Copyright ©The Author(s) 2015. Published by Baishideng Publishing Group Inc. All rights reserved.
World J Gastroenterol. Apr 7, 2015; 21(13): 3801-3812
Published online Apr 7, 2015. doi: 10.3748/wjg.v21.i13.3801
Gastrointestinal Behçet's disease: A review
Wasseem Skef, Matthew J Hamilton, Thurayya Arayssi
Wasseem Skef, Department of Medicine, St. Elizabeth’s Medical Center, Boston, MA 02135, United States
Matthew J Hamilton, Division of Gastroenterology, Brigham and Women’s Hospital and Harvard Medical School, Boston, MA 02115, United States
Thurayya Arayssi, Weill Cornell Medical College in Qatar, Doha 24144, Qatar
Author contributions: Skef W performed the literature review and wrote the paper; Hamilton MJ and Arayssi T provided expertise and critical revision of the manuscript.
Conflict-of-interest: The authors report no conflict of interest.
Open-Access: This article is an open-access article which was selected by an in-house editor and fully peer-reviewed by external reviewers. It is distributed in accordance with the Creative Commons Attribution Non Commercial (CC BY-NC 4.0) license, which permits others to distribute, remix, adapt, build upon this work non-commercially, and license their derivative works on different terms, provided the original work is properly cited and the use is non-commercial. See:
Correspondence to: Dr. Thurayya Arayssi, Weill Cornell Medical College in Qatar, Doha 24144, Qatar.
Telephone: +974-44-928329 Fax: +974-44-928377
Received: November 15, 2014
Peer-review started: November 17, 2014
First decision: December 26, 2014
Revised: January 14, 2015
Accepted: January 30, 2015
Article in press: January 30, 2015
Published online: April 7, 2015

Behçet’s disease (BD) is an idiopathic, chronic, relapsing, multi-systemic vasculitis characterized by recurrent oral and genital aphthous ulcers, ocular disease and skin lesions. Prevalence of BD is highest in countries along the ancient silk road from the Mediterranean basin to East Asia. By comparison, the prevalence in North American and Northern European countries is low. Gastrointestinal manifestations of Behçet’s disease are of particular importance as they are associated with significant morbidity and mortality. Although ileocecal involvement is most commonly described, BD may involve any segment of the intestinal tract as well as the various organs within the gastrointestinal system. Diagnosis is based on clinical criteria - there are no pathognomonic laboratory tests. Methods for monitoring disease activity on therapy are available but imperfect. Evidence-based treatment strategies are lacking. Different classes of medications have been successfully used for the treatment of intestinal BD which include 5-aminosalicylic acid, corticosteroids, immunomodulators, and anti-tumor necrosis factor alpha monoclonal antibody therapy. Like inflammatory bowel disease, surgery is reserved for those who are resistant to medical therapy. A subset of patients have a poor disease course. Accurate methods to detect these patients and the optimal strategy for their treatment are not known at this time.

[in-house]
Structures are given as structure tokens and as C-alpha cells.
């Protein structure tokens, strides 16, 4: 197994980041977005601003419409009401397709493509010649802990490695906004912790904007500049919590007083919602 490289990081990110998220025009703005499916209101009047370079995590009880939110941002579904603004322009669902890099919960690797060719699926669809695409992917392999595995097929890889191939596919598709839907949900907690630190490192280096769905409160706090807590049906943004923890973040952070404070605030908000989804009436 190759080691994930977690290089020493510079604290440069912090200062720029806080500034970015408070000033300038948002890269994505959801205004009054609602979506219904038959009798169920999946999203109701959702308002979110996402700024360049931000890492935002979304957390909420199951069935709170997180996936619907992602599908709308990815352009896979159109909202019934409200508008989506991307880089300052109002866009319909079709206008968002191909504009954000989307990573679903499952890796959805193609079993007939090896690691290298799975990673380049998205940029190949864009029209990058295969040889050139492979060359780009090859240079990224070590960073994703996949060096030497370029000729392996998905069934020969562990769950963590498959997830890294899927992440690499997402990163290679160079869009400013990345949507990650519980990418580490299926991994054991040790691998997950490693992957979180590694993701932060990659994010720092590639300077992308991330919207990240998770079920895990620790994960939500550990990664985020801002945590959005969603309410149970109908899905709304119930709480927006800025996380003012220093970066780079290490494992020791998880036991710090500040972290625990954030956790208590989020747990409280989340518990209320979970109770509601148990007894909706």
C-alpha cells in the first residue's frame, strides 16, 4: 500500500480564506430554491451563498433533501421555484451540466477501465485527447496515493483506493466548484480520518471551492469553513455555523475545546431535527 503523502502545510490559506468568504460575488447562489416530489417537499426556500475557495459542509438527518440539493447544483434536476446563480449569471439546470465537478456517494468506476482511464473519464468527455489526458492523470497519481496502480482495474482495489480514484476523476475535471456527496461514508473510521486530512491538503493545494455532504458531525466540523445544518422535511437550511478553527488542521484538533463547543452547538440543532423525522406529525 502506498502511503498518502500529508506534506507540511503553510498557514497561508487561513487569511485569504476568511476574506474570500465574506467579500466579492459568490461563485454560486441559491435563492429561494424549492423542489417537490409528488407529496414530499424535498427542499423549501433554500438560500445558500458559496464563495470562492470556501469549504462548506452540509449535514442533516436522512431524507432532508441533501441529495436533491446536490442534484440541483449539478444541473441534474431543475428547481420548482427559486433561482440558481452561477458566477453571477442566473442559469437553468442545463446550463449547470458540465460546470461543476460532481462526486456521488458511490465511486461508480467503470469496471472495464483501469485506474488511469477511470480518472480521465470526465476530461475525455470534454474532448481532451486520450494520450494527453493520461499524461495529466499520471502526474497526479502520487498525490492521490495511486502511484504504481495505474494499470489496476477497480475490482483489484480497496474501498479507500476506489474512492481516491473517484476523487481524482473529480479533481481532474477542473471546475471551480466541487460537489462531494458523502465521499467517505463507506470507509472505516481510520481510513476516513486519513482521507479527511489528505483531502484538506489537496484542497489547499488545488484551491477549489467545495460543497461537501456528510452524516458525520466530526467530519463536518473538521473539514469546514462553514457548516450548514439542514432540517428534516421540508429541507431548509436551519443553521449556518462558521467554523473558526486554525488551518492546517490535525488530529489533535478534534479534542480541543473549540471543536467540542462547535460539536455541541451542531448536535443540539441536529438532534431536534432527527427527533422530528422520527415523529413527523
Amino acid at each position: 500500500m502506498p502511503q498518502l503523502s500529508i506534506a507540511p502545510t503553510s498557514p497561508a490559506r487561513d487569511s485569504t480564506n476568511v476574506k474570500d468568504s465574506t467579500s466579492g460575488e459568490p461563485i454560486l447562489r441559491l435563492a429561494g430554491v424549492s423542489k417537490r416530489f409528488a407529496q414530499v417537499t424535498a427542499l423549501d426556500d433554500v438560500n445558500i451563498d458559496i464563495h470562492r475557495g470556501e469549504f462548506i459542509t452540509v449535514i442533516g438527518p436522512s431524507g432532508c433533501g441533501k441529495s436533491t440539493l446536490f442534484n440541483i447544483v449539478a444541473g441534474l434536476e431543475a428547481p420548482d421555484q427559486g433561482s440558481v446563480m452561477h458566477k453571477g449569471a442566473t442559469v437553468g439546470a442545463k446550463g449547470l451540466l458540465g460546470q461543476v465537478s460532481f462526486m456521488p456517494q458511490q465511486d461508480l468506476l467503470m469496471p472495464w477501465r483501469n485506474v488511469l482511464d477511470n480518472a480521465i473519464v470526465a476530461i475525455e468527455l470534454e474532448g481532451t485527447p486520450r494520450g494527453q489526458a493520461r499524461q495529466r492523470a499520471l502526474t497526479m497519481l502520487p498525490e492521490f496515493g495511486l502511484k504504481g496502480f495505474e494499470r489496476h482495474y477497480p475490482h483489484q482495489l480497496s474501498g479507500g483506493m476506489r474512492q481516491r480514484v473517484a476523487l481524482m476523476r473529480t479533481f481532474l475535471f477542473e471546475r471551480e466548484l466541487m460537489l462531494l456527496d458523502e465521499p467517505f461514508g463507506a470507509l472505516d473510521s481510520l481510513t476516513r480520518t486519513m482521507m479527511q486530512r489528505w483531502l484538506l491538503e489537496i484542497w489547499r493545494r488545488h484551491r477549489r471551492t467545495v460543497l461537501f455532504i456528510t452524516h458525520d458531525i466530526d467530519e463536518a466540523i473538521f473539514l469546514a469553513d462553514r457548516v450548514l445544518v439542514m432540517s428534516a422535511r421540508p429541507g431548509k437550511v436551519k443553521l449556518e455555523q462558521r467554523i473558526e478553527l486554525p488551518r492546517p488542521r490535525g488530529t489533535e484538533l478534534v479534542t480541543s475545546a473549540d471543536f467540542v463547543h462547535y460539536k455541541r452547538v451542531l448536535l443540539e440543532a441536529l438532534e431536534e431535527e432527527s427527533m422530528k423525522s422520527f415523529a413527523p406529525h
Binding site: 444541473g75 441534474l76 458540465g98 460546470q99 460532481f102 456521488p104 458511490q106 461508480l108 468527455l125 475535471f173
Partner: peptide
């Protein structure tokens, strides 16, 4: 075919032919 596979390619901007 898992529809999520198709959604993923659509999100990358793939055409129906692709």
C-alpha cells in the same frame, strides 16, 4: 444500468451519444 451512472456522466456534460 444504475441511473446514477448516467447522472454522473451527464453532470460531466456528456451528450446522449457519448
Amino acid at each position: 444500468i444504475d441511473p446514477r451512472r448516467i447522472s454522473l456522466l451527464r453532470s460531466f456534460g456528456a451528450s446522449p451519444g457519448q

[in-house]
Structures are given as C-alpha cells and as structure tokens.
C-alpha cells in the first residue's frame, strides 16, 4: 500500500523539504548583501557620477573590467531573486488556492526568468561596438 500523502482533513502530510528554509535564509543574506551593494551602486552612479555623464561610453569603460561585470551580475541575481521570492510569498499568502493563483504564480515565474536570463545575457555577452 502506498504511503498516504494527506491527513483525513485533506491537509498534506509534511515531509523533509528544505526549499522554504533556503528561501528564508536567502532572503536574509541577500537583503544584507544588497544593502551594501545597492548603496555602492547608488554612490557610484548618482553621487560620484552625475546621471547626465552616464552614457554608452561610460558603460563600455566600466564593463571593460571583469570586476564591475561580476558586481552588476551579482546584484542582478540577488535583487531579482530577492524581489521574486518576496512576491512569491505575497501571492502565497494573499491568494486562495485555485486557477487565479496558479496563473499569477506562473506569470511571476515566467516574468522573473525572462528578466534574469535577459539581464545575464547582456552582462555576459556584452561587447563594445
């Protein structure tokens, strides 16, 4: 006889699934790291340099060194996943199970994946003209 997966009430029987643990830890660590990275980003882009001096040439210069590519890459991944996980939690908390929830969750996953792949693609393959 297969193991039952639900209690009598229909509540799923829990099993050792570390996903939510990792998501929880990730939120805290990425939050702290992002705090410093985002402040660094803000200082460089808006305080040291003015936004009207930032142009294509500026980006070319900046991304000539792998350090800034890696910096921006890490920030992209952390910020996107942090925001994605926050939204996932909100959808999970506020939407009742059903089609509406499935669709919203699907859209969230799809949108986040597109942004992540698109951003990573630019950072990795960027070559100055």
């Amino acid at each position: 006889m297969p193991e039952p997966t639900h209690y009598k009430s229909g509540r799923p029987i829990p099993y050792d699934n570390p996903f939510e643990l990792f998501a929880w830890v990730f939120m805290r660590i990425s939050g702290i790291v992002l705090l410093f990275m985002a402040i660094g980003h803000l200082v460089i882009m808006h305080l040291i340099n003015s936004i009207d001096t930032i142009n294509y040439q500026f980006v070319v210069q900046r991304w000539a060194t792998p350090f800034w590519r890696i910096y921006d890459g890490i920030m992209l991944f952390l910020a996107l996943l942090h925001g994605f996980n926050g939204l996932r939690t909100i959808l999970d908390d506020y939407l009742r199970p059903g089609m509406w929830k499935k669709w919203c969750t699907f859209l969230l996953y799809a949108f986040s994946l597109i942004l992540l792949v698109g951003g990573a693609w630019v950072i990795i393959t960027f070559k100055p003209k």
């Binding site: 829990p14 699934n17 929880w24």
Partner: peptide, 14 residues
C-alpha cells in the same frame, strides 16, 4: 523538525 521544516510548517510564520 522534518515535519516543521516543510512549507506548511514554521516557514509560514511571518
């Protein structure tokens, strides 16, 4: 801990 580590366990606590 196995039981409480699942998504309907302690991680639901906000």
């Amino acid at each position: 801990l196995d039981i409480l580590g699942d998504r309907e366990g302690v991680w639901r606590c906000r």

Keywords: Behçet syndrome, Behçet disease, Upper gastrointestinal tract, Inflammatory bowel disease, Lower gastrointestinal tract, Ulcer

Core tip: Behçet’s disease is an uncommon subtype of inflammatory bowel disease. It can present with a wide array of clinical manifestations that may mimic other diseases including Crohn’s disease. Establishing the diagnosis remains a challenge and clinicians must be aware of the relevant clinical manifestations and diagnostic considerations. The optimal medical management is limited by the lack of rigorous clinical trial data.